CHARLESTON, W.Va. – U.S. Senator Shelley Moore Capito (R-W.Va.), chairman of the Senate Homeland Security Appropriations Subcommittee, applauded the announcement today made by the Transportation Security Administration (TSA) that a credential authentication technology (CAT) unit at Yeager Airport in Charleston is fully operational. Chairman Capito has strongly advocated for the deployment of this technology through her role on the Senate Appropriations Committee.
This CAT unit will enhance detection capabilities for identifying fraudulent documents at the security checkpoint by authenticating several thousand types of IDs. According to TSA, passengers at the travel document checking station should hand their ID to the TSA officer who will insert it into the scanner for authentication. The unit validates if a traveler is ticketed to fly out of the airport that day, so there is no need to hand over your boarding pass (electronic or paper), which reduces a touch point to help fight the spread of the coronavirus. In the near future, passengers will be able to insert their ID into the CAT unit, which will reduce another touch point. A CAT unit consists of the passport reader, an ID card reader, a federal personal identity verification ID card reader, a monitor, a stand and a UV light.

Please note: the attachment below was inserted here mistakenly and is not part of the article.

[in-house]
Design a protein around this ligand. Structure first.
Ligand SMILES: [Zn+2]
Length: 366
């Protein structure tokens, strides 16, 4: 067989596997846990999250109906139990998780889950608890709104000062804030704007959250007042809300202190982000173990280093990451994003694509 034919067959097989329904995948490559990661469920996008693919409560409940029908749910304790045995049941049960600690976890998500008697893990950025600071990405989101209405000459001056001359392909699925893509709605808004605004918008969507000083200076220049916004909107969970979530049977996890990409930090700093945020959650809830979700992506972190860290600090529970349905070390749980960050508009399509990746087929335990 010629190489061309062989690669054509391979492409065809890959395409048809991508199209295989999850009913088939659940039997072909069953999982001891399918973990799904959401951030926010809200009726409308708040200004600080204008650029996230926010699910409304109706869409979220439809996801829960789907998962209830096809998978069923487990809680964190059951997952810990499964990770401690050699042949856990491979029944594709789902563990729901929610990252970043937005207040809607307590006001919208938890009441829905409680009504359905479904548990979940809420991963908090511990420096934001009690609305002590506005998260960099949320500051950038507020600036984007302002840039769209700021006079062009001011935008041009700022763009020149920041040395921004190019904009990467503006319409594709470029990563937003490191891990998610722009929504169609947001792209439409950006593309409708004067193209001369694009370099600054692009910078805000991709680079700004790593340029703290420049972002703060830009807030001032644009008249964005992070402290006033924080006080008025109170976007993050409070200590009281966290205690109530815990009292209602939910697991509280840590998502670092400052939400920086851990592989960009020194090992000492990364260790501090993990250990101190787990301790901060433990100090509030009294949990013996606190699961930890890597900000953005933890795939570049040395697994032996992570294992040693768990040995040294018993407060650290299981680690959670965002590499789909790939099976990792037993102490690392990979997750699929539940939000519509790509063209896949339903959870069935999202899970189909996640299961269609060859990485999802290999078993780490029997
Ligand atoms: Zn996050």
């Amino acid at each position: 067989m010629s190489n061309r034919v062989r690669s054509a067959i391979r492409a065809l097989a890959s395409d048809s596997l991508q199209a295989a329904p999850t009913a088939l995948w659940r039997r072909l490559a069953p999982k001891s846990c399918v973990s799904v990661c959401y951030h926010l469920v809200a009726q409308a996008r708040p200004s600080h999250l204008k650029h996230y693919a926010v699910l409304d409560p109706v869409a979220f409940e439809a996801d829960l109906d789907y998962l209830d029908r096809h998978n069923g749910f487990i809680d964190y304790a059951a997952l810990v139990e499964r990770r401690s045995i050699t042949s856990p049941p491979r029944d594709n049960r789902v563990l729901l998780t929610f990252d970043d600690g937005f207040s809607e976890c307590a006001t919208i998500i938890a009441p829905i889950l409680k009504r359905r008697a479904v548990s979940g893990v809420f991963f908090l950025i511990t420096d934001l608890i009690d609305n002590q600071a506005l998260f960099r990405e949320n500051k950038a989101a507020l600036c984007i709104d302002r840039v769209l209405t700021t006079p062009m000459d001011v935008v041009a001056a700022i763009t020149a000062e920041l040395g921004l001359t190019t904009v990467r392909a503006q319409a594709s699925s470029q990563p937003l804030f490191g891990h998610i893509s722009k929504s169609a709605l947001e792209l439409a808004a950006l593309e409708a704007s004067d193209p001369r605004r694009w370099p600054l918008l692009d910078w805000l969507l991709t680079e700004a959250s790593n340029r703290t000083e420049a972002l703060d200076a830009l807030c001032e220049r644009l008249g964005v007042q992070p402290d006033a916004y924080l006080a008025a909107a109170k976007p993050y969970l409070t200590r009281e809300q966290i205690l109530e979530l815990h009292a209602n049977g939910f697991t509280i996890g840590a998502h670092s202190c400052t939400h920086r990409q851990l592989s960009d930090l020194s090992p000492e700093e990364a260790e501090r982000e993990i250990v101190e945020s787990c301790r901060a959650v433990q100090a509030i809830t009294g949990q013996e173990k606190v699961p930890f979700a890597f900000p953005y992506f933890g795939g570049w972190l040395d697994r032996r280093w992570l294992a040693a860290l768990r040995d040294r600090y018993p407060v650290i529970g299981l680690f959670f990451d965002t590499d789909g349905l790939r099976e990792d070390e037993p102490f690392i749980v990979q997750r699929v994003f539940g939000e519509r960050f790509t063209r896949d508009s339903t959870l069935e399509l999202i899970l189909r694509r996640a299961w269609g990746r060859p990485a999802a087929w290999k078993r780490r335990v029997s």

“Throughout my chairmanship of the Homeland Security Appropriations Subcommittee, I have had numerous discussions with TSA about the efforts being made in technology to improve safety and the passenger experience,” Chairman Capito said. “I have also conveyed to them that airline passengers and employees should be as safe as possible—no matter the size of the airport or their eventual destination—because rural airports are a critical part of our air transportation system. The investments we have made in the past two funding bills have helped technology advance, and I’m glad it is being utilized at our state’s busiest airport.”
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